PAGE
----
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Deborah Voigt as Senta [Photo by Cory Weaver courtesy of The Metropolitan Opera]
26 Apr 2010

Der Fliegende Holländer, New York

Pick the word: soupçon? snippet? tidbit? quark? to describe the infinitesimal bite of Wagner bestowed upon us by the Met this year — and we had to wait till the end of April, to boot!

Richard Wagner: Der Fliegende Holländer

Senta: Deborah Voigt; Dutchman: Juha Uusitalo; Daland: Hans-Peter König; Erik: Stephen Gould; Steersman: Russell Thomas. Metropolitan Opera chorus and orchestra conducted by Kazushi Ono. Performance of April 23.

Above: Deborah Voigt as Senta

All photos by Cory Weaver courtesy of The Metropolitan Opera


We must be grateful for what we can scrounge, and Der Fliegende Holländer, Wagner’s Weber-like romantic fable of the vampire-like sea captain doomed to sail till he meets the woman faithful to death, in August Everding’s outsize production, provides some sumptuous music-making. Holländer, indeed, has grown sufficiently unfamiliar to New Yorkers that many members of the audience were outraged to find they were expected to sit still for two and a half hours without intermission (though you’d have to go back nearly forty years to find a Met production of the opera that did include intermissions), and several of them walked out during the second scene-changing entr’acte.

HOLLANDER_Gould_as_Erik_850.gifStephen Gould as Erik

The vocal standard of the evening was impressively high. Finnish bass-baritone Juha Uusitalo, who has been singing Wotan around Europe, gave us a suave, passionate Dutchman with a smooth, even, grateful sound. A tall man and a fine actor, he was got up to look pale, raven-haired, huge of eye and lofty of brow, rather like Wagner’s friend, King Ludwig of Bavaria — appropriately; the king drowned.

Uusitalo would have been the star of the evening had not Hans-Peter König been singing the bumptious Daland. König has one of those godlike basses (think Matti Salminen or Kurt Moll), clear and even from top to bottom, enormous but graciously so, never oppressive, never bellowed, as gently nuanced as if he were singing lieder. You will think: if there’s a God, he sounds like this. It was the A-list performance of the night.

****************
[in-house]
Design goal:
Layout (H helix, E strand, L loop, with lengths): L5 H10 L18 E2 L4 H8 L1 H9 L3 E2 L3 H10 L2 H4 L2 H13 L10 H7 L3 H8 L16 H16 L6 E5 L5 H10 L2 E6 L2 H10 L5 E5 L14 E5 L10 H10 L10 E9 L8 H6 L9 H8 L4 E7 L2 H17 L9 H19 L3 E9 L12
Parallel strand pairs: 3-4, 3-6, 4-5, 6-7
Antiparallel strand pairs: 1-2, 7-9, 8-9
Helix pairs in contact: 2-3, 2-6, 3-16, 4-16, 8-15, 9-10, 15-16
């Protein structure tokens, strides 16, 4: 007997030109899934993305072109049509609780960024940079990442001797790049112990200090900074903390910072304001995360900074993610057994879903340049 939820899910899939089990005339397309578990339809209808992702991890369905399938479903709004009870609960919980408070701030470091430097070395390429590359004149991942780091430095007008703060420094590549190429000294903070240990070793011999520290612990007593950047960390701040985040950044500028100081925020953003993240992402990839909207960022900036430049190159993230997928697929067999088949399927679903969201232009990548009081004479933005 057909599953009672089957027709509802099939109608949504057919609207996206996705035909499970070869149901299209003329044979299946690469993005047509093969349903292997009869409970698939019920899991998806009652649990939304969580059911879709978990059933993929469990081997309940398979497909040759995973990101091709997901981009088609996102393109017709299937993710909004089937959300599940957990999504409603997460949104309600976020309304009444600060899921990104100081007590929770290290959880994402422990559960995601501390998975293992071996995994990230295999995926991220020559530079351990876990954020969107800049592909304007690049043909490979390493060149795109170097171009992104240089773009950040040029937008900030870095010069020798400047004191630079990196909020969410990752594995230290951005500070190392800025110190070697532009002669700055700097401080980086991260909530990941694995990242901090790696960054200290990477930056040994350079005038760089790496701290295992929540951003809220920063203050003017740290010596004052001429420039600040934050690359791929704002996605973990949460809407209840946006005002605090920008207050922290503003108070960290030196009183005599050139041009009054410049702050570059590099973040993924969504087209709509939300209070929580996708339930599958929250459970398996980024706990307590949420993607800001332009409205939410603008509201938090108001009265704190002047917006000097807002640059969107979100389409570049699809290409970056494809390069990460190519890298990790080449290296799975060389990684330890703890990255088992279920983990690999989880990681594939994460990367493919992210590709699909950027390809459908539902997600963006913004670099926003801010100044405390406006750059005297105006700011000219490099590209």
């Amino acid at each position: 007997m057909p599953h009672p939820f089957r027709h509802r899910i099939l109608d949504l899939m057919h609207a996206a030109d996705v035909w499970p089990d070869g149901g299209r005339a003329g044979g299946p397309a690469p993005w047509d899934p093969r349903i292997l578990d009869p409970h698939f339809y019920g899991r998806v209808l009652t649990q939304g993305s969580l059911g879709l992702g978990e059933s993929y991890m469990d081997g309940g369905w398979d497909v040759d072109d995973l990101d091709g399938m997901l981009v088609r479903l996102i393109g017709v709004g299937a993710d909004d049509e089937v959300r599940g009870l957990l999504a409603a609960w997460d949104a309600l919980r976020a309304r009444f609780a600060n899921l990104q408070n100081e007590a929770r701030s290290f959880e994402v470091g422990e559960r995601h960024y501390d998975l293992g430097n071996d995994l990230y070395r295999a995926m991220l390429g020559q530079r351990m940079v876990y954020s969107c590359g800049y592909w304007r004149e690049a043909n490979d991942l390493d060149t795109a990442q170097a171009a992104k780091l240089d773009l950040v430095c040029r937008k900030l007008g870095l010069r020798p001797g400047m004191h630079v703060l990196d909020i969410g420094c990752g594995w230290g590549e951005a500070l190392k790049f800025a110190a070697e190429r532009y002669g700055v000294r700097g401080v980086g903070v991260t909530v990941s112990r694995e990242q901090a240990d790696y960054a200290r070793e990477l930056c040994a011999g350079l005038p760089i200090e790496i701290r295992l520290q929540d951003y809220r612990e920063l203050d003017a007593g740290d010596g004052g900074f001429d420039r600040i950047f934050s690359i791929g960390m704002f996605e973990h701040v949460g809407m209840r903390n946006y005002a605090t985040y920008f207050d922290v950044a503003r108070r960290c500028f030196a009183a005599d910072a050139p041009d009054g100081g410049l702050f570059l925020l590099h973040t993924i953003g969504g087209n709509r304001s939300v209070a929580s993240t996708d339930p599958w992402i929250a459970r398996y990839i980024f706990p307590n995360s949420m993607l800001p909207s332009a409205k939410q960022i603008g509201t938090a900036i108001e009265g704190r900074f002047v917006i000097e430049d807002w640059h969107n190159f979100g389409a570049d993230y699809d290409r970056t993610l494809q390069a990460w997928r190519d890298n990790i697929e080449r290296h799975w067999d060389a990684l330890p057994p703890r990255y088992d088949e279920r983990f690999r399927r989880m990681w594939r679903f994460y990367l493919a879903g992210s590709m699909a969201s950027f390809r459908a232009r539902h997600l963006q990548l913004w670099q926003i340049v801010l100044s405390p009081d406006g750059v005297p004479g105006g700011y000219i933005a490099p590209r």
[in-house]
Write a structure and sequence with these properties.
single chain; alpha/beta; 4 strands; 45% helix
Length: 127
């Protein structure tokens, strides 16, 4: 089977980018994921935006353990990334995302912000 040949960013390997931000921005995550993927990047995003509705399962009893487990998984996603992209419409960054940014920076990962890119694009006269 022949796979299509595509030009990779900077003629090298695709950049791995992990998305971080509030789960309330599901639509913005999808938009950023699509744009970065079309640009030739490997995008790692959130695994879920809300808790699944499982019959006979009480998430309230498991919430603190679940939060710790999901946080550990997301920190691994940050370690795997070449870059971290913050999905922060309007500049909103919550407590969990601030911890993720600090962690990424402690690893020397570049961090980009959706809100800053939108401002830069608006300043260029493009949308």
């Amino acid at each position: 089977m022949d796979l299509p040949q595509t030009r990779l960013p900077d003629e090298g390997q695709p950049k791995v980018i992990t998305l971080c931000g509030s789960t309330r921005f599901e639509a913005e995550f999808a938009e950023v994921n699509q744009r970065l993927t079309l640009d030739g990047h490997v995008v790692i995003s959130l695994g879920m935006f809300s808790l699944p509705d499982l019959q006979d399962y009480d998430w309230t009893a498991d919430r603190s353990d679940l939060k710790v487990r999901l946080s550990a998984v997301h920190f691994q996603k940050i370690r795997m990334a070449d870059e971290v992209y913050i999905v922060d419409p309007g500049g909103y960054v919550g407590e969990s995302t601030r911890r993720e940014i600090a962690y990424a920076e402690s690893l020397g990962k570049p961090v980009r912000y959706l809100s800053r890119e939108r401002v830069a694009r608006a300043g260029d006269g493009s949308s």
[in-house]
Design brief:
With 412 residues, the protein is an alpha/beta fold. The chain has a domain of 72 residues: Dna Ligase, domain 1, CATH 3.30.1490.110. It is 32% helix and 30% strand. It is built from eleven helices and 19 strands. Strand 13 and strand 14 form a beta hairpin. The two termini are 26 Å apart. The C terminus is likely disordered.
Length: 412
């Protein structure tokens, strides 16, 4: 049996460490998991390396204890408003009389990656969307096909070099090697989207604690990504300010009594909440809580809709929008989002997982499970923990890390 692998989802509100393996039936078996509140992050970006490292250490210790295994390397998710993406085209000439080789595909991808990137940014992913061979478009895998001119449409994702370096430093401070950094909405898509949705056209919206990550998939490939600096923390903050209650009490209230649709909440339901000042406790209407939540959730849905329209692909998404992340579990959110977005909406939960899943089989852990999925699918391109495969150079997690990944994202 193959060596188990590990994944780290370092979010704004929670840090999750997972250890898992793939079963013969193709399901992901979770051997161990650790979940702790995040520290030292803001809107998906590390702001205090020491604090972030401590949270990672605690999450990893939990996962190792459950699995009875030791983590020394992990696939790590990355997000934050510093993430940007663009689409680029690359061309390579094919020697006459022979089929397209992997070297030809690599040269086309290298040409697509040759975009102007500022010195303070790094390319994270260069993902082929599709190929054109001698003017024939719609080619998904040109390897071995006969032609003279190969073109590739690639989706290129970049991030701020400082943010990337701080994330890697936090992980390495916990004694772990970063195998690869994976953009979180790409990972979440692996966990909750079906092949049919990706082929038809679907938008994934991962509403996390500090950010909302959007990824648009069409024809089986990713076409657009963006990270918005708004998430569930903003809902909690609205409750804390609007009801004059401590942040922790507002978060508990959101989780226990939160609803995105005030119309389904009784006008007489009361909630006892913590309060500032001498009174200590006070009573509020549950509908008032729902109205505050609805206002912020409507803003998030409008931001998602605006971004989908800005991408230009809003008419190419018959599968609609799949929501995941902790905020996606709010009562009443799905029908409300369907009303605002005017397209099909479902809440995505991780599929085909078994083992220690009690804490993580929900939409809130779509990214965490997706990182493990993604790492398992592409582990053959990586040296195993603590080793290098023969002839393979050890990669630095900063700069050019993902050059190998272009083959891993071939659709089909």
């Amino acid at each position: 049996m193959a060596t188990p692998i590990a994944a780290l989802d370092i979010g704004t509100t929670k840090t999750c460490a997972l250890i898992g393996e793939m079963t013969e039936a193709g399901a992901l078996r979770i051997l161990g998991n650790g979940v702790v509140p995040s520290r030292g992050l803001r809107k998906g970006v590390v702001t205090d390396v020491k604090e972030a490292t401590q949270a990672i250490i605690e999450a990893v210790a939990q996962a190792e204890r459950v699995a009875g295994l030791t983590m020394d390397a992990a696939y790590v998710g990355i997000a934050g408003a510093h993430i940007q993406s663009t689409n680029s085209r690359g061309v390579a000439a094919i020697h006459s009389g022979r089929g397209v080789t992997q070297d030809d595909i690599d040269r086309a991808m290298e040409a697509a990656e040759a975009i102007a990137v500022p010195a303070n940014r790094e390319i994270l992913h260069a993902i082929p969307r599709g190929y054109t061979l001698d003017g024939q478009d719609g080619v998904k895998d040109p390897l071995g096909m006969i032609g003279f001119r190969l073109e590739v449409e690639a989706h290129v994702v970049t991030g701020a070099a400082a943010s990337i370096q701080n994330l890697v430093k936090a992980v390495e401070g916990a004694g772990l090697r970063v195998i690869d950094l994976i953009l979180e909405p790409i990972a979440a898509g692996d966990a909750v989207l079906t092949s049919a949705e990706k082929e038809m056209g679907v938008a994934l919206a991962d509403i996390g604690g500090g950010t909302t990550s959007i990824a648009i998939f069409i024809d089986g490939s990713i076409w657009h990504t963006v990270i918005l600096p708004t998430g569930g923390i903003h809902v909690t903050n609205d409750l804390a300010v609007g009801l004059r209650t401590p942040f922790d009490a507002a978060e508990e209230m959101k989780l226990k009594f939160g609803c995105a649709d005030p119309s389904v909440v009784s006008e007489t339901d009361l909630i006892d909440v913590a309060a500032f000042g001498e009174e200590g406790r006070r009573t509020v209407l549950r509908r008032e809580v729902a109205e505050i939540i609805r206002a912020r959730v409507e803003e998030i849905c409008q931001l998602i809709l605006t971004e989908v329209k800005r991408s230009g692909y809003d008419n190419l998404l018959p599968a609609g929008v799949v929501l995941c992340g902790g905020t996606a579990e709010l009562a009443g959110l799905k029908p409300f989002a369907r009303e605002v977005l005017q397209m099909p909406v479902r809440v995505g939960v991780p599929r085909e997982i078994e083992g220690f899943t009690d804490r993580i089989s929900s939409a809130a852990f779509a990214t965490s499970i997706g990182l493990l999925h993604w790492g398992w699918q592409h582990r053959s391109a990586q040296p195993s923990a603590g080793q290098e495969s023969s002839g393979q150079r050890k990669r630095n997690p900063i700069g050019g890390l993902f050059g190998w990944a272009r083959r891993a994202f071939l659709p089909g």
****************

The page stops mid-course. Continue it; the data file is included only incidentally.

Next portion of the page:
Stephen Gould, an American tenor who has been singing Siegfried in Vienna to great acclaim, made his Met debut as Erik. An enormous figure on stage, Gould has a voice as sturdy as his linebacker build and a clarion delivery, but has a tendency to hurl it out brusquely when romantic gentility seems called for, especially in this dreamy role. His bark was not harsh but it was unfinished — which seems right for the half-savage Siegfried but not for Erik. When he sang, one pricked up one’s ears — but when Mr. König sang, pricking up of ears wasn’t necessary — the voice came out into the theater and seduced us. Russell Thomas provided an energetic Steersman, seeming a bit small-scale in such company.

HOLLANDER_Uusitalo_and_Voig.gif Deborah Voigt as Senta and Juha Uusitalo as the Dutchman

Deborah Voigt sang her first staged Senta. She looked good and hurled herself ardently about the room — at one point bringing the house to giggles, unintentionally one supposes: As Erik described his dream of the arrival of the Dutchman, she abruptly “assumed the position,” head back, legs spread, in anticipation. Her voice, though, was not in happy estate, stringy and unattractive for much of the night and occasionally flat. She nailed the “treu” on her final “treue als dem Tod,” but it was a bit late in the evening to rescue this heroic figure. Senta is a young girl with an earth mother coiled audibly within her, bursting out into thrilling cries. Senta — indeed Wagner — is not a good choice for Voigt’s instrument these days.

HOLLANDER_Thomas_and_Konig_.gifHans-Peter König as Daland and Russell Thomas as the Steersman

In the pit, Kazushi Ono, undeterred by occasional intrusive applause and the departure of those unwilling to do without intermissions, kept the oceanic rhythms of this nautical ghost story in driving motion. The only sounds one regretted were not in his department at all — the squeak of the metal gangway as it descended to the stage in Act I. It has indeed been years since its last use (seven by the story, ten at the Met), and we had an undesired squealing obbligato. This however had been oiled away by the final scene — good catch, Met crew!

John Yohalem

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